This week’s Images celebrates a Kansas legend, Alf Landon. Twenty eight years ago today, Landon passed away at the age of 100. The Republican Party’s nominee for the President of the United States, Landon run against President Franklin Roosevelt in 1936.
The results were historically disastrous. Landon lost the popular vote by more than 10 million votes. Even the state of Kansas voted for Roosevelt. The electoral vote proved to be down right ugly, 523 – 8. How then did defeated candidate go on to become one of the state’s most beloved legends? Frankly, I am not sure. Yes, Landon served as Governor for two terms. He balanced the state’s budget in the difficult times of Depression, and always spoke out on a variety of issues with the good of Kansas at heart.
Historians note Landon was averse to campaigning, but his thoughts on the changing times during his long life proved to be profound for young politicos. His series of Landon Lectures at Kansas State University hosted seven Presidents and continue today. His second daughter, Nancy, served three terms as a United States Senator.
Yet, the way Landon lived his life with joy and conviction I believe made him so popular. He aged gracefully. On a beautiful spread of land in west Topeka, Landon continued to ride his horses in a stately manner until late in his life. He became a wondrous character and a perfect subject for a long list of photographers from the Topeka paper.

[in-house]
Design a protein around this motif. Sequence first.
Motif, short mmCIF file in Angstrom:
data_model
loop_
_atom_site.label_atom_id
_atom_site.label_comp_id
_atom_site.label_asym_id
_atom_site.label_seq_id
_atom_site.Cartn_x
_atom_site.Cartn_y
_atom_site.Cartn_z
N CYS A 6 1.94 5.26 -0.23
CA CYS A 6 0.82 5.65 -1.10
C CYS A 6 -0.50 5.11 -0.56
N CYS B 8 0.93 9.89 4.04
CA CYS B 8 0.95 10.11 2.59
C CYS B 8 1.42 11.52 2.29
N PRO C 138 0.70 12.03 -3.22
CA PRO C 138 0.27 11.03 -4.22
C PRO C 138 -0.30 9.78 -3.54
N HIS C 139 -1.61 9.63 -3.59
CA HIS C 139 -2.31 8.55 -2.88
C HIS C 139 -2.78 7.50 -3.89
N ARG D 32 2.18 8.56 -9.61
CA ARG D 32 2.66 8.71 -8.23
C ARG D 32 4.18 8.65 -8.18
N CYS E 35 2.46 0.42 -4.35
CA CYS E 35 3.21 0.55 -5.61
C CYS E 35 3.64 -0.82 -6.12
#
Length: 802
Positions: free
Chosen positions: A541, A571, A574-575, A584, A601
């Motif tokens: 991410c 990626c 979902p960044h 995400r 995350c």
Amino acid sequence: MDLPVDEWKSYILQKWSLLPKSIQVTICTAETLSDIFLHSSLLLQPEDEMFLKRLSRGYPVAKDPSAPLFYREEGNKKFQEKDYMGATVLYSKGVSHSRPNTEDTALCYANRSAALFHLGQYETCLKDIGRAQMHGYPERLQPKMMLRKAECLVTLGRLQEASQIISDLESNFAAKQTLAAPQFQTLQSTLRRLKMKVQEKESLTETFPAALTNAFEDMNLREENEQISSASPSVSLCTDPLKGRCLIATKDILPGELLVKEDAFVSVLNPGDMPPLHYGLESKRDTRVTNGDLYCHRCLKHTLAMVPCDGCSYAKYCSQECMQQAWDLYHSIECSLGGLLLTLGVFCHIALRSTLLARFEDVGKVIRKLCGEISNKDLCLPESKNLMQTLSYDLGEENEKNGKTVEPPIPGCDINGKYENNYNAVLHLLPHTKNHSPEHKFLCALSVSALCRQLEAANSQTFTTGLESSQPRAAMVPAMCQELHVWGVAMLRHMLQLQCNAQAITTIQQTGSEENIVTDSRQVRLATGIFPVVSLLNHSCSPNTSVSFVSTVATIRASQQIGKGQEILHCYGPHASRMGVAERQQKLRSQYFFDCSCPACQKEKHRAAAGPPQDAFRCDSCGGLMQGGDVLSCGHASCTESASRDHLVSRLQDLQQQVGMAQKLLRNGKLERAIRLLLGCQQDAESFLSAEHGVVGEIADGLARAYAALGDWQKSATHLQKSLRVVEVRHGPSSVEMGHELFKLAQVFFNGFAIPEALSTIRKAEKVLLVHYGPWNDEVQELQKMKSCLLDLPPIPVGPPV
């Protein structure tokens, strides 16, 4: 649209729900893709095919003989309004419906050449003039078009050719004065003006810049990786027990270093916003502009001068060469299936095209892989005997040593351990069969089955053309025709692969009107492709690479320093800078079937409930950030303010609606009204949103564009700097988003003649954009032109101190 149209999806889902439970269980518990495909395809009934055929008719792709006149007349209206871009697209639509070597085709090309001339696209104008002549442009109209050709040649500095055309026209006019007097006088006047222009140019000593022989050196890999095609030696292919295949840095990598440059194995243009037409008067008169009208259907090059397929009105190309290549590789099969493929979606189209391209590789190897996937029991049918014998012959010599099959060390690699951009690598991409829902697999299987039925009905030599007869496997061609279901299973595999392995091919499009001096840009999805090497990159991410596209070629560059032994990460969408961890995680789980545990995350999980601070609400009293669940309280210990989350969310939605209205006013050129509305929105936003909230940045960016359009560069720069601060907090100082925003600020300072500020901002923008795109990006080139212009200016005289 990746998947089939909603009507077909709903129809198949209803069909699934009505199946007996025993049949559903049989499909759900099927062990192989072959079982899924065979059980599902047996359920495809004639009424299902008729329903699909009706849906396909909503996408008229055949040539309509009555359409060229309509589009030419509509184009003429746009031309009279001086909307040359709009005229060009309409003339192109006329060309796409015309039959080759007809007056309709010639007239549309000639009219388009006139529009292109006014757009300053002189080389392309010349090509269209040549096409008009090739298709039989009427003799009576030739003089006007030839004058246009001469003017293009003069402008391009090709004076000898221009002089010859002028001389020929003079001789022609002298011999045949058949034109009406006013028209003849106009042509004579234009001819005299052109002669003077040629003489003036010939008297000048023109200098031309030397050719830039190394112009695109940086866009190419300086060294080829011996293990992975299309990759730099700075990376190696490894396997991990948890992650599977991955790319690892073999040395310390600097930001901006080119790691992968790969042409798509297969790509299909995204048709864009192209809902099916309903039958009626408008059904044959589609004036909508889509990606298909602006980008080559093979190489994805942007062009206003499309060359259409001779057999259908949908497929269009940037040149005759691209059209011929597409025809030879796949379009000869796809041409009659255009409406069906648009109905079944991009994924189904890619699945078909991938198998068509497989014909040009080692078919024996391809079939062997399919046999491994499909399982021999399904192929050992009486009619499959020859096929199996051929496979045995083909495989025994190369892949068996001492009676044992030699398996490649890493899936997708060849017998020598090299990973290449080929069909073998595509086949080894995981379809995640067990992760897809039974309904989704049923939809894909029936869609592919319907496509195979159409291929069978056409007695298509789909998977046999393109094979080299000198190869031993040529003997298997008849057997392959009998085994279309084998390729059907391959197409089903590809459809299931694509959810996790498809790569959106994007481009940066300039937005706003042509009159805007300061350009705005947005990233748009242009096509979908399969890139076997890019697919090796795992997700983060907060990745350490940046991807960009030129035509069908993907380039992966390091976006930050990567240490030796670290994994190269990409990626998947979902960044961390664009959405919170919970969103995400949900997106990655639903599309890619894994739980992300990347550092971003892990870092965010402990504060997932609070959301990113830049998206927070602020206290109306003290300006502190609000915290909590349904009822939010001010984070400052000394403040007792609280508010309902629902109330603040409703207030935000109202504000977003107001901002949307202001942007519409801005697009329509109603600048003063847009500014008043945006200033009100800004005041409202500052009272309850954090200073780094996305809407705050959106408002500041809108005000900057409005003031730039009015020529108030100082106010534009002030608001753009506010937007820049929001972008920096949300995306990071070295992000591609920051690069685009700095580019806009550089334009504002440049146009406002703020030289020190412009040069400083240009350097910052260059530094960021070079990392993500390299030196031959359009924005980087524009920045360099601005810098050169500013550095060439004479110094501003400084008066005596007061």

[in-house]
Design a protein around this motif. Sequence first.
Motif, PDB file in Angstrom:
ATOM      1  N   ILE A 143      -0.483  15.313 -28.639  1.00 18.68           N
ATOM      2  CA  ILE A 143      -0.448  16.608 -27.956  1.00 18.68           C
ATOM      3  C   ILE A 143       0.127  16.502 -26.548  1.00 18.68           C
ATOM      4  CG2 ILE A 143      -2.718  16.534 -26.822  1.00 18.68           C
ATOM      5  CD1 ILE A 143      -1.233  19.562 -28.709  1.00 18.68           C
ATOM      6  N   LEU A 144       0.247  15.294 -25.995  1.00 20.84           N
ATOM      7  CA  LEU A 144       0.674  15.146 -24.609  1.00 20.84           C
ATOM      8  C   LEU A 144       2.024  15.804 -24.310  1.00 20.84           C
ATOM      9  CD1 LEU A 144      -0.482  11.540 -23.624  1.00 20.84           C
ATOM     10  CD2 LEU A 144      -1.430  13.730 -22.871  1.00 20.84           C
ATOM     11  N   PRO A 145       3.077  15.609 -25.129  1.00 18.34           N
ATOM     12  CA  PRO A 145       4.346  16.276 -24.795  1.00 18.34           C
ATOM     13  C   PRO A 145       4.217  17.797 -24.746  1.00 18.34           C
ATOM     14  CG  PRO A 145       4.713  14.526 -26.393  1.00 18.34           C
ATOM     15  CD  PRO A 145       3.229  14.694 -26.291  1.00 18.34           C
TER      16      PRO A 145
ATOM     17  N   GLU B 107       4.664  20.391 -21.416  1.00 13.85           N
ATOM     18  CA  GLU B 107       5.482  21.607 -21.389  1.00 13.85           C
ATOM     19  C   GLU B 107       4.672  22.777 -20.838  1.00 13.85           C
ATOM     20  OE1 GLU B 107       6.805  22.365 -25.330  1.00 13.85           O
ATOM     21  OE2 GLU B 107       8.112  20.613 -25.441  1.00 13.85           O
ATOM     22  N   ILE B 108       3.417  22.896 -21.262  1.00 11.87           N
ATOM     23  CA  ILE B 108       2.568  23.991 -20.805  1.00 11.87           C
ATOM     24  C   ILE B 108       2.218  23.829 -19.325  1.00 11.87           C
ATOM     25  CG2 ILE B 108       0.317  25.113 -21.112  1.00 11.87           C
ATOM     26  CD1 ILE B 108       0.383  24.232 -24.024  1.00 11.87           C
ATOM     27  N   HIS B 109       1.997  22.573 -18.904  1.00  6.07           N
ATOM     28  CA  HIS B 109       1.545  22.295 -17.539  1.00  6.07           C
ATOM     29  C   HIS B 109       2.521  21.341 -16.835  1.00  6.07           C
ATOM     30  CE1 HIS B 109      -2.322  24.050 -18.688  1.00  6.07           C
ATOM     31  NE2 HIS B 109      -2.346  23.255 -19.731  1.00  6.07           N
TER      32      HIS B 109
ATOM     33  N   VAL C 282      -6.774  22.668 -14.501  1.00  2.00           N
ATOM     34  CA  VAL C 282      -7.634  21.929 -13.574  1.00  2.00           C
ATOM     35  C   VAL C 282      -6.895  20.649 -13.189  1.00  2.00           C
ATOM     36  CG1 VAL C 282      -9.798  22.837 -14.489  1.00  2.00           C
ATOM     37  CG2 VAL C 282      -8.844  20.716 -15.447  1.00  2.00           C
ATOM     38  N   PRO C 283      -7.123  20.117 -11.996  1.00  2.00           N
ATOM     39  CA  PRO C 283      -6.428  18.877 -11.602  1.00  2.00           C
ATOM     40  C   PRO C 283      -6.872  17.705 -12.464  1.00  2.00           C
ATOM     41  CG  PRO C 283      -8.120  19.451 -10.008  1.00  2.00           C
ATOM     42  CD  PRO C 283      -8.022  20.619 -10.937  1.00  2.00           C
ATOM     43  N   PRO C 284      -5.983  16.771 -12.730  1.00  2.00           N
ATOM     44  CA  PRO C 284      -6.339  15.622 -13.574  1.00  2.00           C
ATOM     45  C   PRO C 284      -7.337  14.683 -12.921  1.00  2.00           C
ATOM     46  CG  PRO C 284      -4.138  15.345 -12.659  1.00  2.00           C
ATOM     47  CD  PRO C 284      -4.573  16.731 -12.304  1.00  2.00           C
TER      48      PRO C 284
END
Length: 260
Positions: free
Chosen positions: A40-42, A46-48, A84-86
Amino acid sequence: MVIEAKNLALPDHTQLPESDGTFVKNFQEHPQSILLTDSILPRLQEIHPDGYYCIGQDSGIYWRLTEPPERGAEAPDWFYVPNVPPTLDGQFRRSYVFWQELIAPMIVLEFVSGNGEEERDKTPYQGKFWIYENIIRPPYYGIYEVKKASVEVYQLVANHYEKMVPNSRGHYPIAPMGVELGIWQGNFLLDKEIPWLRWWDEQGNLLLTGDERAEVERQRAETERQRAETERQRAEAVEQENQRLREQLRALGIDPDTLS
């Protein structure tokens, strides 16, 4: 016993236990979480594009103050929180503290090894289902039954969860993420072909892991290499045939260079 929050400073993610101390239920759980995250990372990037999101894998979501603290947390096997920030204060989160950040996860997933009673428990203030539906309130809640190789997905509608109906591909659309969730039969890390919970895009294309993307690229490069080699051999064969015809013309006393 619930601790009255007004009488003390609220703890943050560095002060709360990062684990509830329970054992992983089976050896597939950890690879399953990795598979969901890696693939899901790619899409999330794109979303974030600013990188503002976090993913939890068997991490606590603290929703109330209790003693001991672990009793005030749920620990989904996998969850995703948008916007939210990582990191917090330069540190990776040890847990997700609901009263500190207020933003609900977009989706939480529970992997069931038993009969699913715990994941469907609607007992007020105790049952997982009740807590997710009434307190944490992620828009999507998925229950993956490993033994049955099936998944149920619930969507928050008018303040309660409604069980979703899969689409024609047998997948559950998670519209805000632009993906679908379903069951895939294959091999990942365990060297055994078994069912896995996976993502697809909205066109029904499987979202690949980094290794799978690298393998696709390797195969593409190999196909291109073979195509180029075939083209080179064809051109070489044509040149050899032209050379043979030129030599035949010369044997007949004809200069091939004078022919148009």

By the time I began my work at the paper, I was too young and inexperienced to be granted time with Landon. As I matured both personally and professionally, certain photographers had grown popular with Landon. I was happy for them. Blessed by a long list of other politicians and sports figures I photographed, the excellent work of the others worked wonderfully for our paper.
That is not to say I never photographed Landon and did make photographs the very particular man enjoyed. The image of Landon emerging from the voting booth in his riding attire after voting for his daughter, Nancy Kassebaum, was one. I photographed the Senator more than her father over the years, including the image of the state house funeral service after the passing of Landon in 1987.